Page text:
From Bantu High Life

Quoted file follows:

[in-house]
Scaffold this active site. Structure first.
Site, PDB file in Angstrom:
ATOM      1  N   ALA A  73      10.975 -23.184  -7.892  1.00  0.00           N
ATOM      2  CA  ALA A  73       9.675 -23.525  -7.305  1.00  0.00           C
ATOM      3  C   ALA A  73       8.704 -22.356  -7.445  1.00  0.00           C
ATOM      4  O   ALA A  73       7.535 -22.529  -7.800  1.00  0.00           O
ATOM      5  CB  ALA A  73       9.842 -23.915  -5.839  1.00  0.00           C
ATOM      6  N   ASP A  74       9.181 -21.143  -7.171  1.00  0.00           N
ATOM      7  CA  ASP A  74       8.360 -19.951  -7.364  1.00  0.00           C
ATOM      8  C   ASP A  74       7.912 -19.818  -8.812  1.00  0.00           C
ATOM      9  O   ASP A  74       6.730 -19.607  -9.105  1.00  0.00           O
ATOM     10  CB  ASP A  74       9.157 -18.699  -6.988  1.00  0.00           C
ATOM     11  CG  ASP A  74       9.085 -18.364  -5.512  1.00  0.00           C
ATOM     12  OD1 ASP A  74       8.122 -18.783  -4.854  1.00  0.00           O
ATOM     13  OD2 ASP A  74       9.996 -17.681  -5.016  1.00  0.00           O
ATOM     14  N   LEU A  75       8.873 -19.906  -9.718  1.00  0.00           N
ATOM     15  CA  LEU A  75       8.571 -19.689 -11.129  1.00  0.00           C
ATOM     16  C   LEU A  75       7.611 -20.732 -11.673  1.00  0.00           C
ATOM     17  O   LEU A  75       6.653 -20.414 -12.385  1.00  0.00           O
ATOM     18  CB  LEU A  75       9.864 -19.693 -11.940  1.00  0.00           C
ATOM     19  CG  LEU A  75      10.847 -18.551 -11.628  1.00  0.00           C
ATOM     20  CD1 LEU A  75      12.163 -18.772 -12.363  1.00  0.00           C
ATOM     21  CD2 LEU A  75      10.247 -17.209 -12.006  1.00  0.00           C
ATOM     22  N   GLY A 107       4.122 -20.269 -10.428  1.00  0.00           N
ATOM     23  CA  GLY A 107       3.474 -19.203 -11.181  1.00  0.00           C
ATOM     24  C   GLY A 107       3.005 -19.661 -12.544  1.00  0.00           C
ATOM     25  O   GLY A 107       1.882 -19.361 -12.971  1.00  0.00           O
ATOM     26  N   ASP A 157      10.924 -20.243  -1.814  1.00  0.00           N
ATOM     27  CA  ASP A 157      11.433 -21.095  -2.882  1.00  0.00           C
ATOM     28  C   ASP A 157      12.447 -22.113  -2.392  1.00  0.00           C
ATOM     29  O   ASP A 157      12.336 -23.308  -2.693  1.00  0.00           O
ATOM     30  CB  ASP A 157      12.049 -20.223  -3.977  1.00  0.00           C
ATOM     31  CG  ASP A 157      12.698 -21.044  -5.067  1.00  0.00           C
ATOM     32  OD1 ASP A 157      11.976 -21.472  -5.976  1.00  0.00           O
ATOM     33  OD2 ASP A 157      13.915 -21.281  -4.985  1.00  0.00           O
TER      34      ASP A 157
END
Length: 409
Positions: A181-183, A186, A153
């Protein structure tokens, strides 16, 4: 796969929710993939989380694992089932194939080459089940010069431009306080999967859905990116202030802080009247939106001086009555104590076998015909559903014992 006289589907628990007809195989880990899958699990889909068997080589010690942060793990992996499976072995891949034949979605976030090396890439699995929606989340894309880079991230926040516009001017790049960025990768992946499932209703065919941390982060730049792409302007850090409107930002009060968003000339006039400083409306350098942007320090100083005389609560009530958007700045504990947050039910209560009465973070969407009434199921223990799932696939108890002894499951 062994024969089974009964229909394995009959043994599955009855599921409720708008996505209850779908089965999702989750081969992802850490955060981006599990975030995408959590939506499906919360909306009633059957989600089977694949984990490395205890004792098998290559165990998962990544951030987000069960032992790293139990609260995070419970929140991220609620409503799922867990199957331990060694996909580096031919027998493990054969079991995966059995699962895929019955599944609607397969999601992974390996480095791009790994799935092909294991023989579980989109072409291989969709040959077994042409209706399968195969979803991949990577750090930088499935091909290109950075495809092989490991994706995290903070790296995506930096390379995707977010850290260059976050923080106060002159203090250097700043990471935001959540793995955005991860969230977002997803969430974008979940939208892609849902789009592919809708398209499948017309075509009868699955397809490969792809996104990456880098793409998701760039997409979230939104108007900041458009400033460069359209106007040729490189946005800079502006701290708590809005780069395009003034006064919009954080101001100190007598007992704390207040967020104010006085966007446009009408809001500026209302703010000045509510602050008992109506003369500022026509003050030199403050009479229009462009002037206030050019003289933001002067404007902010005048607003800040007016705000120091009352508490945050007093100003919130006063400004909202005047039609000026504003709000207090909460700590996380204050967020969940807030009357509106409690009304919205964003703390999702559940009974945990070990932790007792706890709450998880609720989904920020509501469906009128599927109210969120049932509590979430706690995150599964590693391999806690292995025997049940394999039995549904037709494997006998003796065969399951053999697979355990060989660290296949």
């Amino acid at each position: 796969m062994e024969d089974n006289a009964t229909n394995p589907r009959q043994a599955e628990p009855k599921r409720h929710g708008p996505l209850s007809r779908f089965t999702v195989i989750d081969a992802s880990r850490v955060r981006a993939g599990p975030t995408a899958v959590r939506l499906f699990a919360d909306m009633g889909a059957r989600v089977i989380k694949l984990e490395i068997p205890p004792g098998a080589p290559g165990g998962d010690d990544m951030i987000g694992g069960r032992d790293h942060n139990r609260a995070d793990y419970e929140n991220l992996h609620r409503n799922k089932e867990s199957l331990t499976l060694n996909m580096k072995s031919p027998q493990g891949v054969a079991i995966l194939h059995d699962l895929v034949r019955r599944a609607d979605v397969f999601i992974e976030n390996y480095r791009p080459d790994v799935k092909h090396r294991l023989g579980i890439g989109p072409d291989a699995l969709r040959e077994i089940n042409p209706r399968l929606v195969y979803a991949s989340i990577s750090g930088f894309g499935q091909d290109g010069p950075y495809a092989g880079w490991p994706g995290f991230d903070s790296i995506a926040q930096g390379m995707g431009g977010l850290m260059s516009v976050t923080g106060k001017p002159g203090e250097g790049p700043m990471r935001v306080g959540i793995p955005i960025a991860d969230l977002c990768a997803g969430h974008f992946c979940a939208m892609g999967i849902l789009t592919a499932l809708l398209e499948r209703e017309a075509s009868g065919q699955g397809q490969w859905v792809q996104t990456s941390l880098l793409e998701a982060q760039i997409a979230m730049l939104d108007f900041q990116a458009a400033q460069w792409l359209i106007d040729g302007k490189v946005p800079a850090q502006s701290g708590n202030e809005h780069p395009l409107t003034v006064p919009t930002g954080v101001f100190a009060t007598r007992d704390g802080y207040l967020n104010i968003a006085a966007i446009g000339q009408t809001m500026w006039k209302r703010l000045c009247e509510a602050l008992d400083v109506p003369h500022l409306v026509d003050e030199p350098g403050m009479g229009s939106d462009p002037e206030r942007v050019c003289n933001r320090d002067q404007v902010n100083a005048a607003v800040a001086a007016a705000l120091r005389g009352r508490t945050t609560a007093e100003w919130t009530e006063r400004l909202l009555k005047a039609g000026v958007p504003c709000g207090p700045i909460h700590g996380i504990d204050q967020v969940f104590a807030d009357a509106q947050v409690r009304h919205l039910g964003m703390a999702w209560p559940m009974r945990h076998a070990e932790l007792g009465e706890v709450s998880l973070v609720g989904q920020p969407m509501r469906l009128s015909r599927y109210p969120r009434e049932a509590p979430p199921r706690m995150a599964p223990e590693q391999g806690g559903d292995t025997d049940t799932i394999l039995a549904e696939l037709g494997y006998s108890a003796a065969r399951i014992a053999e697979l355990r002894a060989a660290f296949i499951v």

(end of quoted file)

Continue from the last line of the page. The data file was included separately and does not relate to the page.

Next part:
Abantuana, or “Children’s Song,” is about children playing outside, surrounded by butterflies, squirrels, birds, and stones. Moshe Sephula was born in South Africa in 1928. His mother was an accomplished drummer, well known for her hop, skip, and jump with the drum on her knees. Sephula’s early musical studies certainly began in his home, but his more disciplined work in collecting and compiling South African folk songs was done under Dr. Julius Herford at the Westminster Choir College in Princeton, NJ. He also studied voice at the Guildhall School of Music and Drama in London. The music prevalent in South Africa in the 1930s was highly nationalistic in character and content, but Moshe Sephula seems to have followed the cosmopolitan attitudes of his contemporaries. He set spirituals to conventional Western harmonies, overthrowing the doctrine that African music was in the pentatonic scale and not subject to outside influences. His first album, “Sing in African,” illustrates this European approach to African music. This album, “Bantu High Life,” reveals a more modern strain in African folk music, expressing the struggles, longings, and fears of Africans during the last hundred years.